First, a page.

Evidence of Obama’s ability to win Ohio may be seen this week in Wisconsin.
“While the situation is not identical,” Siegel says, “it is a Midwestern ‘purple state’ that has a lot of labor people and blue-collar ethnics, so it may tell us something about the potential for Ohio.
“Right now, the tone of the race between Clinton and Obama is like a volleyball match,” he adds. “He tries to be specific as well as inspirational and she tries to be inspirational as well as specific.”
Beck believes that understanding voters and their issues is important but, in the end, it will come down to who Ohio Democrats think can win the general election.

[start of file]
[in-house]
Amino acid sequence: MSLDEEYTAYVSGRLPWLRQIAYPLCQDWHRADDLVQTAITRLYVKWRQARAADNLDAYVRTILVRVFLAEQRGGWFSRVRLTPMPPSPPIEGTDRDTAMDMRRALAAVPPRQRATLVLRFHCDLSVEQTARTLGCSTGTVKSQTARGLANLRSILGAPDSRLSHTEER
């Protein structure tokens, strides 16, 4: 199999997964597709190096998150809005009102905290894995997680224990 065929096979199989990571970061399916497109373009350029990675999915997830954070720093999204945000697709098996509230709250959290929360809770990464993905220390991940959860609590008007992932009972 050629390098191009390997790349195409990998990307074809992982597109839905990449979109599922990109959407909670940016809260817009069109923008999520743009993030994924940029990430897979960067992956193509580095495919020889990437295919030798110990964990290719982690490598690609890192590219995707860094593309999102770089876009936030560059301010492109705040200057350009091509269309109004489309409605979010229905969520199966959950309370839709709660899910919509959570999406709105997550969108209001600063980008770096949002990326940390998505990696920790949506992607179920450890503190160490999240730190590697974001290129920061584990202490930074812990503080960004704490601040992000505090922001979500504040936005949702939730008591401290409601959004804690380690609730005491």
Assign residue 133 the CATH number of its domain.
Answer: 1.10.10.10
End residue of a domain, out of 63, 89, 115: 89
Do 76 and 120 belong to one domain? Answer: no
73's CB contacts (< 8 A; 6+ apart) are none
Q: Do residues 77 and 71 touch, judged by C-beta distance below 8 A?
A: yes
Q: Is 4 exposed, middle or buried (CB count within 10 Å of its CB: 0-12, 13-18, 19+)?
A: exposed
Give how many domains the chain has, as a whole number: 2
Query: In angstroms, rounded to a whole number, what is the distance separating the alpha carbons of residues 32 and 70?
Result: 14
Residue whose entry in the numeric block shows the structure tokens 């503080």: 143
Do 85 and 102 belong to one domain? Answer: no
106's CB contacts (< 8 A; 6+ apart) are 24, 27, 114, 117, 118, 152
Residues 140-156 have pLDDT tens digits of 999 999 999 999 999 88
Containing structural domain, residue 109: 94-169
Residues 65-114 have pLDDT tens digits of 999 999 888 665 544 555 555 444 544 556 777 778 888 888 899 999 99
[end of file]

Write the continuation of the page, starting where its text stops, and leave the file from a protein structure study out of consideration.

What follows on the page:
“Remember, they have lost to (George) Bush twice by narrow margins in this state,” he explains. “They want a win, so the thing that looms large between Obama and Clinton right now is electability.
“One of the criticisms of the Clinton campaign has been that she has generated a lot of negatives” he says. “She may have maxed-out her welcome mat.”
Yet Beck warns not to expect a Clinton loss in Ohio to necessarily keep her from going on to Pennsylvania in April: “It would be tough, our voting patterns are very similar, but the Clinton family is very persistent.
“Plus," said Beck, "there is always the chance that Pennsylvania Democrats might be persnickety and put the stop to the Obama momentum.”